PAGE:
Should The Fed Target Asset Bubbles?
An editorial in the Journal on 7/30/09 asked whether New York Fed President Dudley is overreaching when he speculates about whether the Federal Reserve should try to target asset bubbles. The Op-Ed author, Donald Luskin, argued that they should not because let’s face it: their track record on seeing the bubbles after the fact isn’t great. These guys were worried about inflation in May of 2008.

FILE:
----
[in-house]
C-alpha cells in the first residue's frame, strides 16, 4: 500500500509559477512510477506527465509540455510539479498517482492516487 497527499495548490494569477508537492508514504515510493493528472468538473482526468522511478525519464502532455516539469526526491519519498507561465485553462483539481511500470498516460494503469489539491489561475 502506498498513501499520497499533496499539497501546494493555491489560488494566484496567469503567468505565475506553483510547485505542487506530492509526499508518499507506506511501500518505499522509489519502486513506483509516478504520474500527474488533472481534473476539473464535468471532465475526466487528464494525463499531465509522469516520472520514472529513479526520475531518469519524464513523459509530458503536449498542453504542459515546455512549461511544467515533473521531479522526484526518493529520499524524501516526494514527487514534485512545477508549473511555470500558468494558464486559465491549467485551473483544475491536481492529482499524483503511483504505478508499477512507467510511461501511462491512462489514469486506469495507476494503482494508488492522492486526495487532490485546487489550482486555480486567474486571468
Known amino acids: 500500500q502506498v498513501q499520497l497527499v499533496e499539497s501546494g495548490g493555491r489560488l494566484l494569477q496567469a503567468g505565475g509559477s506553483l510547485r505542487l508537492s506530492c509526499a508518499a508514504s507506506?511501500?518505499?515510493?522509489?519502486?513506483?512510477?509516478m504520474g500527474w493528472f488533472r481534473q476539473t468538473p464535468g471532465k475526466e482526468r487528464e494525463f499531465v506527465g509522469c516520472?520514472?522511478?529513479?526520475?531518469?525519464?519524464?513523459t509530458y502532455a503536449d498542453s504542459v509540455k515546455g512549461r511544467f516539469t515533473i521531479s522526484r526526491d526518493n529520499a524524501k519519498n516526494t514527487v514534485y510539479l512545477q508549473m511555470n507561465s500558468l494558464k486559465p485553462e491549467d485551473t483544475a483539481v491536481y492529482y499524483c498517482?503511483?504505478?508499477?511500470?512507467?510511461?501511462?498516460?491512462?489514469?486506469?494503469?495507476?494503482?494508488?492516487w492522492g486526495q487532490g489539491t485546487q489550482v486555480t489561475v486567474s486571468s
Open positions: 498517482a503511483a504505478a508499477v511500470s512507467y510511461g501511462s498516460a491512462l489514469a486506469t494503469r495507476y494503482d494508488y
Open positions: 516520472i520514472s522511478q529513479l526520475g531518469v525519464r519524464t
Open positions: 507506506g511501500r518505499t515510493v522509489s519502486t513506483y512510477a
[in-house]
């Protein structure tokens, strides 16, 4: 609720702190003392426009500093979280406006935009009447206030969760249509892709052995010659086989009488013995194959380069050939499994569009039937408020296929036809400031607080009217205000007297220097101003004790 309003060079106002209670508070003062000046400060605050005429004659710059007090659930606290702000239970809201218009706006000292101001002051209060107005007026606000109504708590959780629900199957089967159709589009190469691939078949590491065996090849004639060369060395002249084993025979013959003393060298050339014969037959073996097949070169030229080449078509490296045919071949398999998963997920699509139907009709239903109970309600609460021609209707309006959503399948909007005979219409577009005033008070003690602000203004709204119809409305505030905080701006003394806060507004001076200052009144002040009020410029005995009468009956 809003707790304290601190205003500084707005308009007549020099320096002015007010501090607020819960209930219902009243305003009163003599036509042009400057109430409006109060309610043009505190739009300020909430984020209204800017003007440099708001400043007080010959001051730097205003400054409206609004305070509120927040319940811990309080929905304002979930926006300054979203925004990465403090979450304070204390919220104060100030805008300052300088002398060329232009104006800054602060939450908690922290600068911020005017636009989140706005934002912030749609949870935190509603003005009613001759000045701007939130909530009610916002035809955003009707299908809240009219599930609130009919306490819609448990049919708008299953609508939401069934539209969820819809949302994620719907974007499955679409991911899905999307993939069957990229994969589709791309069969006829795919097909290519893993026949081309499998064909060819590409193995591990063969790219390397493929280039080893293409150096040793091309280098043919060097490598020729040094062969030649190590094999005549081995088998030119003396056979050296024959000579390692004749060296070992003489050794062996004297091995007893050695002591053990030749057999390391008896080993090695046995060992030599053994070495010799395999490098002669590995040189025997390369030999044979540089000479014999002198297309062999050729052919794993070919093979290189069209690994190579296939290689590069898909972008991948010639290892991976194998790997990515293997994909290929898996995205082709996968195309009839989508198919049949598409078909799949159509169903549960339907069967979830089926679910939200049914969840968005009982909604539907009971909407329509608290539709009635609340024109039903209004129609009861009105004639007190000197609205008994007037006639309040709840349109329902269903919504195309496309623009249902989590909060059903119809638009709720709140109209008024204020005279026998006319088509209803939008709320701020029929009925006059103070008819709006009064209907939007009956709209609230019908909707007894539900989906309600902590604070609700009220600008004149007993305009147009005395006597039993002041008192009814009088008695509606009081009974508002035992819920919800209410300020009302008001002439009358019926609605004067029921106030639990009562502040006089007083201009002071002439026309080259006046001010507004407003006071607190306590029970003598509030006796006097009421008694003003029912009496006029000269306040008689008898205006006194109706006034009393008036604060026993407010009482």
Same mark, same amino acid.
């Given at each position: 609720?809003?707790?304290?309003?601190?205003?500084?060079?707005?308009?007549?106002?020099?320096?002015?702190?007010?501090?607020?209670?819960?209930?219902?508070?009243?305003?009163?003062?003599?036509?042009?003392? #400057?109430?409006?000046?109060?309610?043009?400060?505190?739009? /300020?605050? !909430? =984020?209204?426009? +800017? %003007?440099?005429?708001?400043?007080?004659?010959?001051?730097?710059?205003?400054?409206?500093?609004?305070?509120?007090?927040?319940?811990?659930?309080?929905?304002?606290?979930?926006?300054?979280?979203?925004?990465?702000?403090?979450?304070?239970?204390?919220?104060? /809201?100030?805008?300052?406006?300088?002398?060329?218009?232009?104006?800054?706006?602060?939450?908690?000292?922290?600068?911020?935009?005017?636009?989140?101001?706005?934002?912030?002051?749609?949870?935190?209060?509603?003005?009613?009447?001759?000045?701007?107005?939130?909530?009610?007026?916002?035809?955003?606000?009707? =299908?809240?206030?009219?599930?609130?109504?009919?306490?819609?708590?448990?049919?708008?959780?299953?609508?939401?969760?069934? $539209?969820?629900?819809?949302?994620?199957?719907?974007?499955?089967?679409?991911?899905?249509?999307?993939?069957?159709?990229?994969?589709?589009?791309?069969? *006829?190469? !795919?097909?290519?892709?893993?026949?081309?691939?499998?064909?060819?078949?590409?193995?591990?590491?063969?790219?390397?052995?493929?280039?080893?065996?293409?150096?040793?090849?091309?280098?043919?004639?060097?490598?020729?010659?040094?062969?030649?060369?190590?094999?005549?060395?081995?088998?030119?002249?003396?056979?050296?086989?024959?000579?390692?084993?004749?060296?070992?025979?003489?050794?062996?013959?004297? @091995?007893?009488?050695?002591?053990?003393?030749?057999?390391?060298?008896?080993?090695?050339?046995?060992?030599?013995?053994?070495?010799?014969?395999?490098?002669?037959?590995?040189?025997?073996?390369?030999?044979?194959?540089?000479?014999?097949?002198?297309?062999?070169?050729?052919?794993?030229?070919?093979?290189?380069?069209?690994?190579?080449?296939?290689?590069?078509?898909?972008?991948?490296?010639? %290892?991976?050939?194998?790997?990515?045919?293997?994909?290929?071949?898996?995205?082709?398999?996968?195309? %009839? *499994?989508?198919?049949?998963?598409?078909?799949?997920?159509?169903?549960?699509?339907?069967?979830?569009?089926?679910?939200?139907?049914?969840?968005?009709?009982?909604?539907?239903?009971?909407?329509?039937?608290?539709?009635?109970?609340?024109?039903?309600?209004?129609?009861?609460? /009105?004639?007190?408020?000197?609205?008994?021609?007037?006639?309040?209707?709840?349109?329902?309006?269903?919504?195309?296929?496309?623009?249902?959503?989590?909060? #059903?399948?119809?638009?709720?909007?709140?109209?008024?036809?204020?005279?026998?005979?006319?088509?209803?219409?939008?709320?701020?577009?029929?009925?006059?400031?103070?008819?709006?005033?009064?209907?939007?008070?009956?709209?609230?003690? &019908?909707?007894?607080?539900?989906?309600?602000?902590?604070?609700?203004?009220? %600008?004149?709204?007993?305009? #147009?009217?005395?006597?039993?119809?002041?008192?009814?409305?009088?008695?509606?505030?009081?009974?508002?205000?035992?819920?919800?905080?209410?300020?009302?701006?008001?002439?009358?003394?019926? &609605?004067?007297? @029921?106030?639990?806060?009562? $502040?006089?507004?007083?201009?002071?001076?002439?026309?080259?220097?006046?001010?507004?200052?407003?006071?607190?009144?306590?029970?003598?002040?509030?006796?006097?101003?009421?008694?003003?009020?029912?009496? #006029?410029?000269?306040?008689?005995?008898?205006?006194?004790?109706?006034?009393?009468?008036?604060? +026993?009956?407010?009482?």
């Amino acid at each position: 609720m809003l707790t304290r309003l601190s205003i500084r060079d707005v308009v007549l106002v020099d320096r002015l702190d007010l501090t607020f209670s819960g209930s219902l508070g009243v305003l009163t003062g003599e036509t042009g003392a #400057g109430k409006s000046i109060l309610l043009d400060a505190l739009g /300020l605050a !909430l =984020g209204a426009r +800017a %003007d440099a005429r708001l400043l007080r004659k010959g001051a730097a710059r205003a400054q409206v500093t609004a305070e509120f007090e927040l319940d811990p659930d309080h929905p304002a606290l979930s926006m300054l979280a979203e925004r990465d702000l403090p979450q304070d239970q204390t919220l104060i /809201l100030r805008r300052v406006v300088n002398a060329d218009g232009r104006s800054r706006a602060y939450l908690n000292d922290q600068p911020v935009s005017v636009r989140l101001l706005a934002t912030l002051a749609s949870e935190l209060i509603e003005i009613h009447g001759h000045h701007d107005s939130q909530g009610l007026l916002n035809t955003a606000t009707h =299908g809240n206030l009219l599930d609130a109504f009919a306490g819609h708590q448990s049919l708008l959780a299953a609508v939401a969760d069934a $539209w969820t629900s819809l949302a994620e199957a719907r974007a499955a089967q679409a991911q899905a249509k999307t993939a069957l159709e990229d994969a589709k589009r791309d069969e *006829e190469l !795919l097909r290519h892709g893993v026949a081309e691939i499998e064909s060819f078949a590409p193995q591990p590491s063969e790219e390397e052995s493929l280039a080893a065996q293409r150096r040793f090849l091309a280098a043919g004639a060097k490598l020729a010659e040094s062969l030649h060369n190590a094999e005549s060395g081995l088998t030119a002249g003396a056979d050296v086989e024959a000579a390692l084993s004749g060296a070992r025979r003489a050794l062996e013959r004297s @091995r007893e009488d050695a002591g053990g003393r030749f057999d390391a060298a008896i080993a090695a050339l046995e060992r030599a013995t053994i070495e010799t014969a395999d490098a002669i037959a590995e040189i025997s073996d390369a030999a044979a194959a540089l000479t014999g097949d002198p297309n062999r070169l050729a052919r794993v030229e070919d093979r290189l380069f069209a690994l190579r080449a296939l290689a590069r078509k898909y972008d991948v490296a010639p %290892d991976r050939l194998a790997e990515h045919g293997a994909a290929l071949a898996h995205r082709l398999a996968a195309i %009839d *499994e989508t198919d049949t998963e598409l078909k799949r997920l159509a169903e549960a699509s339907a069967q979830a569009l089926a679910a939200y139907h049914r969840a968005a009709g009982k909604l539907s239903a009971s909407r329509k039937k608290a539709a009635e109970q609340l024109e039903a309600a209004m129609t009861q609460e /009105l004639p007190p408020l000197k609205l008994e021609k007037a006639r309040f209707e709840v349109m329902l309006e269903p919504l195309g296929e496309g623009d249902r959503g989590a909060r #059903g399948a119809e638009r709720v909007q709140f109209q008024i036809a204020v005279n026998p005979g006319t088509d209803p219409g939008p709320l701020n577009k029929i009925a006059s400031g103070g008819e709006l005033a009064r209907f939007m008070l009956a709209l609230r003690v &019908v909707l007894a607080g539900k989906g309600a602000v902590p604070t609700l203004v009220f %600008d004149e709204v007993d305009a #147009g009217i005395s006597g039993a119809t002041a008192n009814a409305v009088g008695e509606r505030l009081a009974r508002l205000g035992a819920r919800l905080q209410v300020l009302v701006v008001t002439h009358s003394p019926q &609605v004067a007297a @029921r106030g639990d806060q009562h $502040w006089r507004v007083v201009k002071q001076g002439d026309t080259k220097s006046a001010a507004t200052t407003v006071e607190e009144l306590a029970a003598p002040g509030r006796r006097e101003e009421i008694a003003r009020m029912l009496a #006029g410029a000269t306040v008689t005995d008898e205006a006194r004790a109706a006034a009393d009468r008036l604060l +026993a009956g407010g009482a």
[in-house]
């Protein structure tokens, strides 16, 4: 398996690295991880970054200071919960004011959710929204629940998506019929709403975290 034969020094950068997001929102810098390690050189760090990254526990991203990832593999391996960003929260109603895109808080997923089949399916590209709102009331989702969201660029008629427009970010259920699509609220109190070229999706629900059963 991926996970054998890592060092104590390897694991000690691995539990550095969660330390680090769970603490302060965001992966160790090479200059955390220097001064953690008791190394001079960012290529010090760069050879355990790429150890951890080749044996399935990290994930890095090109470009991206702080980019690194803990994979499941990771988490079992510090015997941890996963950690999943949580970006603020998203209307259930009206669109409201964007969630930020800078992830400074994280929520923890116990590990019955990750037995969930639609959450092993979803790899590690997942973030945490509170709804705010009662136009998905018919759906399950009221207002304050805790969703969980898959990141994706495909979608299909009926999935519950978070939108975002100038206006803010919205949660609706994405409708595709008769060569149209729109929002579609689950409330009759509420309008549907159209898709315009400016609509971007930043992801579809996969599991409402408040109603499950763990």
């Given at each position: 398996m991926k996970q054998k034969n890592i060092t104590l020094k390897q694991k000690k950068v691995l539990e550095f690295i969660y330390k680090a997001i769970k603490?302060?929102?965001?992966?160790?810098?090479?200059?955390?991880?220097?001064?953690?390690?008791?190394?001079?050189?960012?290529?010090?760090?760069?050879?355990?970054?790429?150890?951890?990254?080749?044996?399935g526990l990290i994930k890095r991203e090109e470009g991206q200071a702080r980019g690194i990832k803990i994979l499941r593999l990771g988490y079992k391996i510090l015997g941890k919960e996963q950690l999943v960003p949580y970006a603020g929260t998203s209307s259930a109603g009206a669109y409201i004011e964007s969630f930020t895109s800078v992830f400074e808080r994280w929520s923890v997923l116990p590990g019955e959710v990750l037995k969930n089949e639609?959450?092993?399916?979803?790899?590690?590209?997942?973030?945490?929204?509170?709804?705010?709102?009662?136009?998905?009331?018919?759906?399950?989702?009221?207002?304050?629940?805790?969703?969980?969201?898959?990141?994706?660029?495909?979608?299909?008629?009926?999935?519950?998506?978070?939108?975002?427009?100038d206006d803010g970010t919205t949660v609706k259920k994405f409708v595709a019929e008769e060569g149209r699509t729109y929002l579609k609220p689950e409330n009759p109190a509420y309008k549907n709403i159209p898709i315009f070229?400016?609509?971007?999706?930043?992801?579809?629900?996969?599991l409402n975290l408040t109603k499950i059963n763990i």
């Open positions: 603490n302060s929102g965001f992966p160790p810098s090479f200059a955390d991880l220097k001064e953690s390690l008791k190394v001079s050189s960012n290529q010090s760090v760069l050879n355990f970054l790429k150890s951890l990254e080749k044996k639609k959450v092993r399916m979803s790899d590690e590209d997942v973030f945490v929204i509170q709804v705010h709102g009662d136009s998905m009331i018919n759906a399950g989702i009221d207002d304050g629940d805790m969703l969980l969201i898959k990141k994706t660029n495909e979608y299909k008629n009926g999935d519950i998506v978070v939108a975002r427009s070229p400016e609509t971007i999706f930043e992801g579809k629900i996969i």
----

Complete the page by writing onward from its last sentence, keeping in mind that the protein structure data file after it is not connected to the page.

I agree with Luskin that the Fed ought not to specifically target asset bubbles, but that doesn’t mean the Fed is powerless to prevent them. The Fed, in fact, has done a great deal to encourage them: not by lowering rates, per se, but by generally making the economic environment very safe and predictable: publicly announcing their thinking and their moves, working hard to save dumb players and to keep the economy from recession, and it’s those things that cause bubbles. Even if there is a bubble-bacterium present, that is, the Fed can restrain its growth by refraining from providing a warm, moist environment in which the bubble can prosper. If Dudley wants to prevent bubbles, all he needs to do is occasionally encourage the Fed to tighten 50bps rather than 25bps, and do it between meetings, without an announcement. Or just tighten 62.5bps and confuse investors. When investors are uncertain, they will act to preserve a margin of safety, and it is that which will keep bubbles from growing too rapidly.